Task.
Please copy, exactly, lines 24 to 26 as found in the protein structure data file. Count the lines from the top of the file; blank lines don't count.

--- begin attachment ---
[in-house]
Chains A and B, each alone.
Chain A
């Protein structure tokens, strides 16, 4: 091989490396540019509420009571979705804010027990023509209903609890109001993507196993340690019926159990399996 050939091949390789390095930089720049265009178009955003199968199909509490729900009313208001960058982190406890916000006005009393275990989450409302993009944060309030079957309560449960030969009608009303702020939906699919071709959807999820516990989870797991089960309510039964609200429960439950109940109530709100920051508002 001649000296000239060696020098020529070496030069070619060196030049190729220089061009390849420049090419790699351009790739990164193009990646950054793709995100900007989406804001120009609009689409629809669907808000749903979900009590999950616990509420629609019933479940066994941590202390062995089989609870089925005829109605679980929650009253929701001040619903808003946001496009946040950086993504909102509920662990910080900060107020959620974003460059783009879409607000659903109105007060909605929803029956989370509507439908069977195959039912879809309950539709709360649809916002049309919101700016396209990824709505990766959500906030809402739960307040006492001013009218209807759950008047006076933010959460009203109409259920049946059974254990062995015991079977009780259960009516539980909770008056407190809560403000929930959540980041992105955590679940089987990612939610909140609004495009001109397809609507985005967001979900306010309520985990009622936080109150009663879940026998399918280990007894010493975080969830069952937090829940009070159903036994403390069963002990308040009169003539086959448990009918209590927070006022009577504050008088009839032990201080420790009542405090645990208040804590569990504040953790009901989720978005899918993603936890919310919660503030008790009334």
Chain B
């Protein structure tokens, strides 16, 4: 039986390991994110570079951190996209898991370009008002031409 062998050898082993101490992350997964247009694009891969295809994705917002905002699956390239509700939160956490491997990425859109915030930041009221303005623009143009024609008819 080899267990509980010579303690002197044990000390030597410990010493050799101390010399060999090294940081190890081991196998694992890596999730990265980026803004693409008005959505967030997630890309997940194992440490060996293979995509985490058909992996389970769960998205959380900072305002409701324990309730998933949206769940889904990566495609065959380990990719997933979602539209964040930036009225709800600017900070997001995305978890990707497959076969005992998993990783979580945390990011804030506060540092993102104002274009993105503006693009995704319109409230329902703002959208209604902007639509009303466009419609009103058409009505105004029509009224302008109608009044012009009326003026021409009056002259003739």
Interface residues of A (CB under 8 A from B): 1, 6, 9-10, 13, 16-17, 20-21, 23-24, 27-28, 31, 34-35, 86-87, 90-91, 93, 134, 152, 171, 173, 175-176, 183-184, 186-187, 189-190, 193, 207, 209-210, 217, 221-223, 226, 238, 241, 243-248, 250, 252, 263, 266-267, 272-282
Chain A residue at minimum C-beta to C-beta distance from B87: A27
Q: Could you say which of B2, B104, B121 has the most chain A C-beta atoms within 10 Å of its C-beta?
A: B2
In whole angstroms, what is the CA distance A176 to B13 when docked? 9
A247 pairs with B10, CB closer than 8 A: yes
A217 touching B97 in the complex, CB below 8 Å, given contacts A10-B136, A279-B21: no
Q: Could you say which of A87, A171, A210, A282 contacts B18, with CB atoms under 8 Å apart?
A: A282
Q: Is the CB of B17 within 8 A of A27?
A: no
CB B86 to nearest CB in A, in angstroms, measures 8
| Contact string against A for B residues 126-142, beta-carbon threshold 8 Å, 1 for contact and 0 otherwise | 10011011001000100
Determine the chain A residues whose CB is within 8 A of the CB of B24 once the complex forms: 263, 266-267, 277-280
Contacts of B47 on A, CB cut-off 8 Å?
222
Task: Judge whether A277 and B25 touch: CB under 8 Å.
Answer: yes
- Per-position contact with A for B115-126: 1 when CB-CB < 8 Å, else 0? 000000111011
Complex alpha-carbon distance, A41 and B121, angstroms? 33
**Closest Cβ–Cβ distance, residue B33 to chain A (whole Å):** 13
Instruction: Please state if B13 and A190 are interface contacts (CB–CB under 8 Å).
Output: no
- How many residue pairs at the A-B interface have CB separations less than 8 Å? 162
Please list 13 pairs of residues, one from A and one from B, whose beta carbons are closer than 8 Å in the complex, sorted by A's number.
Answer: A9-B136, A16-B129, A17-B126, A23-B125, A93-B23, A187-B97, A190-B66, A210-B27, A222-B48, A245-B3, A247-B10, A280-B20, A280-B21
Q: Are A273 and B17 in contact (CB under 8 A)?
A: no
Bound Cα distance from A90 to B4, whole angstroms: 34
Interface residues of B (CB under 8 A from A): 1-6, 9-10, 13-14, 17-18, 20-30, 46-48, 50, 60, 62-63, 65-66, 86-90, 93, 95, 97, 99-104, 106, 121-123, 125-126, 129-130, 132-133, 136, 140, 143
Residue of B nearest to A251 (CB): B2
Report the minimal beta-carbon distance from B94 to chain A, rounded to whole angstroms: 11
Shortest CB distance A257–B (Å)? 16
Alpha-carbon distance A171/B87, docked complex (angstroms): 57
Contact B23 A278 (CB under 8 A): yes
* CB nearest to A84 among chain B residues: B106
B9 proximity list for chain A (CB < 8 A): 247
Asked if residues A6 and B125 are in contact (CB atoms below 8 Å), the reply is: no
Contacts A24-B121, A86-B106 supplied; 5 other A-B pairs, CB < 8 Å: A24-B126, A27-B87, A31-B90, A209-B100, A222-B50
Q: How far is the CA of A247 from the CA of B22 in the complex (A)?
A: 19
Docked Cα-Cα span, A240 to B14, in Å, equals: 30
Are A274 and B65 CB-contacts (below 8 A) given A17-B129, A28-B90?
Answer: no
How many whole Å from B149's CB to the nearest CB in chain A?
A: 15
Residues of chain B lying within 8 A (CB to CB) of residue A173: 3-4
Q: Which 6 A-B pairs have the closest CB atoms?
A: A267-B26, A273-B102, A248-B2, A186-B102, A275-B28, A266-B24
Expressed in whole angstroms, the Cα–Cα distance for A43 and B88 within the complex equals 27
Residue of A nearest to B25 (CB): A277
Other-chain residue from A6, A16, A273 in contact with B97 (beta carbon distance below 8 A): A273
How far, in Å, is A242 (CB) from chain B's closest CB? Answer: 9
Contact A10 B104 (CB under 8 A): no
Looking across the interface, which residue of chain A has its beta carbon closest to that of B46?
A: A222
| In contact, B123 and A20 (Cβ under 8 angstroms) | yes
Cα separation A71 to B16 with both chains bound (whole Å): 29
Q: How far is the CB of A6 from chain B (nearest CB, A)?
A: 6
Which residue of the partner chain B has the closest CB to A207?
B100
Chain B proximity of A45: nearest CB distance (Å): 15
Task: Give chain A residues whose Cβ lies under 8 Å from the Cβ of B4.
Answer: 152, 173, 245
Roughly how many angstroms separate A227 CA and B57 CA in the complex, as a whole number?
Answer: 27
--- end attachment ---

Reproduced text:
Answer: yes
- Per-position contact with A for B115-126: 1 when CB-CB < 8 Å, else 0? 000000111011
Complex alpha-carbon distance, A41 and B121, angstroms? 33